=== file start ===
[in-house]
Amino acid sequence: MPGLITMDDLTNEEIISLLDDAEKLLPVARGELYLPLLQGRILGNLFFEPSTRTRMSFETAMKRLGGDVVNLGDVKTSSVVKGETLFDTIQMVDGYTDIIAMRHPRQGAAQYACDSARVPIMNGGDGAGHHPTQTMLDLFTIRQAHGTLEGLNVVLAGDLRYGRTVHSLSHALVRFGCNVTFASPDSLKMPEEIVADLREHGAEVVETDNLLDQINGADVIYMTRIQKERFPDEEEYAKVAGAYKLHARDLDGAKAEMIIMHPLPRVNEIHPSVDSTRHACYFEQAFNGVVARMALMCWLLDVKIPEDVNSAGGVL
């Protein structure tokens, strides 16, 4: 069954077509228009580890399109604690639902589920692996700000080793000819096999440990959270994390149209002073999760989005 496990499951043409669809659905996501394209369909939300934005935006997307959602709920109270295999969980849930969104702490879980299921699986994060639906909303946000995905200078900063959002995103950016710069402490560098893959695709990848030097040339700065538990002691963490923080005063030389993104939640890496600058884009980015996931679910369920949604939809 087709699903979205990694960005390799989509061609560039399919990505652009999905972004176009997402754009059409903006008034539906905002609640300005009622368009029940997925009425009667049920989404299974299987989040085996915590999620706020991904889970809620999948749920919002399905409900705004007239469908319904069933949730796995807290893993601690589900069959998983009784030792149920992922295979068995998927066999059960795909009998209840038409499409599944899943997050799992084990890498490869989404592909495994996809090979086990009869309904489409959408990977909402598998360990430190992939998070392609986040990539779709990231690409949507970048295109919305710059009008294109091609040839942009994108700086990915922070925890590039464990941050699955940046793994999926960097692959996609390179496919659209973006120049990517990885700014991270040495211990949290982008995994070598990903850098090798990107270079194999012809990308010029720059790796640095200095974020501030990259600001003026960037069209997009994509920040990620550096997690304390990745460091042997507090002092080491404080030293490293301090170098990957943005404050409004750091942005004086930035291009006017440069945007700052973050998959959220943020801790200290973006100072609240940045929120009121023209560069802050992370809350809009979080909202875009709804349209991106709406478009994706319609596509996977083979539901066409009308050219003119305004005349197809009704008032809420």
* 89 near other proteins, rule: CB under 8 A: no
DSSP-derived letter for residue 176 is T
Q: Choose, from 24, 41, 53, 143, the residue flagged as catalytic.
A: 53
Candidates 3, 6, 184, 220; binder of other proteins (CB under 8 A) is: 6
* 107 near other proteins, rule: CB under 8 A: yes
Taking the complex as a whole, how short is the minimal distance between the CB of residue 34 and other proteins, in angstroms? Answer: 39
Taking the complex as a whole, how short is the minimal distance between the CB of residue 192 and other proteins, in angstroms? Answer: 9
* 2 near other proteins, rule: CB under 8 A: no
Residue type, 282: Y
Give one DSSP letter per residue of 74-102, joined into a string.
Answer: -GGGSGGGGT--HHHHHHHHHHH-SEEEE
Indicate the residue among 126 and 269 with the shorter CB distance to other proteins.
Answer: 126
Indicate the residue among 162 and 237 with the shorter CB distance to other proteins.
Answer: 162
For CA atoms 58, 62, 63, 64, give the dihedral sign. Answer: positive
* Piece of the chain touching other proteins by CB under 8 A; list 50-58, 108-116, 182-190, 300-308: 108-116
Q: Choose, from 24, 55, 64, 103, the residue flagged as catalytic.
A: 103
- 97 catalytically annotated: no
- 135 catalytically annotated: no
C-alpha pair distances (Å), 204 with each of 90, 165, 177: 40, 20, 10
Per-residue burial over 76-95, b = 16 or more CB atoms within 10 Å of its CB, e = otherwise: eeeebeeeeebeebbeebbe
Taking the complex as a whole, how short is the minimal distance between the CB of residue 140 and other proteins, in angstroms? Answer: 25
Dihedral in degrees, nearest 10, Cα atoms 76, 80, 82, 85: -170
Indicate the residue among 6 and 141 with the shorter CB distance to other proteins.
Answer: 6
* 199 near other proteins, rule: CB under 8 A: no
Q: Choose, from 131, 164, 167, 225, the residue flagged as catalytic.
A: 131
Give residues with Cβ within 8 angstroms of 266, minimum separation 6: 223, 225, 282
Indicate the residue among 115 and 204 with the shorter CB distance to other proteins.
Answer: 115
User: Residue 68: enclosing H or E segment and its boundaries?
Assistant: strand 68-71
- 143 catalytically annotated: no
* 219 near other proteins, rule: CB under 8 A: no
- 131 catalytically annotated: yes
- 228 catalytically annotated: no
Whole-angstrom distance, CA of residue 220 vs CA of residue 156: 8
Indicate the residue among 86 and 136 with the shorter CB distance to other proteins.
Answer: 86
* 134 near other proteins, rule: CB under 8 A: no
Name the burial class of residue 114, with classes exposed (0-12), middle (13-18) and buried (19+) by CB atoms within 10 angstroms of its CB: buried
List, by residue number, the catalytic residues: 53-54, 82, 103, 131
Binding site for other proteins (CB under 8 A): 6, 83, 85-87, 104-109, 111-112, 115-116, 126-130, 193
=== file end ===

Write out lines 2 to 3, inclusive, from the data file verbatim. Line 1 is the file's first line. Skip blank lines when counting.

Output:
Amino acid sequence: MPGLITMDDLTNEEIISLLDDAEKLLPVARGELYLPLLQGRILGNLFFEPSTRTRMSFETAMKRLGGDVVNLGDVKTSSVVKGETLFDTIQMVDGYTDIIAMRHPRQGAAQYACDSARVPIMNGGDGAGHHPTQTMLDLFTIRQAHGTLEGLNVVLAGDLRYGRTVHSLSHALVRFGCNVTFASPDSLKMPEEIVADLREHGAEVVETDNLLDQINGADVIYMTRIQKERFPDEEEYAKVAGAYKLHARDLDGAKAEMIIMHPLPRVNEIHPSVDSTRHACYFEQAFNGVVARMALMCWLLDVKIPEDVNSAGGVL
């Protein structure tokens, strides 16, 4: 069954077509228009580890399109604690639902589920692996700000080793000819096999440990959270994390149209002073999760989005 496990499951043409669809659905996501394209369909939300934005935006997307959602709920109270295999969980849930969104702490879980299921699986994060639906909303946000995905200078900063959002995103950016710069402490560098893959695709990848030097040339700065538990002691963490923080005063030389993104939640890496600058884009980015996931679910369920949604939809 087709699903979205990694960005390799989509061609560039399919990505652009999905972004176009997402754009059409903006008034539906905002609640300005009622368009029940997925009425009667049920989404299974299987989040085996915590999620706020991904889970809620999948749920919002399905409900705004007239469908319904069933949730796995807290893993601690589900069959998983009784030792149920992922295979068995998927066999059960795909009998209840038409499409599944899943997050799992084990890498490869989404592909495994996809090979086990009869309904489409959408990977909402598998360990430190992939998070392609986040990539779709990231690409949507970048295109919305710059009008294109091609040839942009994108700086990915922070925890590039464990941050699955940046793994999926960097692959996609390179496919659209973006120049990517990885700014991270040495211990949290982008995994070598990903850098090798990107270079194999012809990308010029720059790796640095200095974020501030990259600001003026960037069209997009994509920040990620550096997690304390990745460091042997507090002092080491404080030293490293301090170098990957943005404050409004750091942005004086930035291009006017440069945007700052973050998959959220943020801790200290973006100072609240940045929120009121023209560069802050992370809350809009979080909202875009709804349209991106709406478009994706319609596509996977083979539901066409009308050219003119305004005349197809009704008032809420």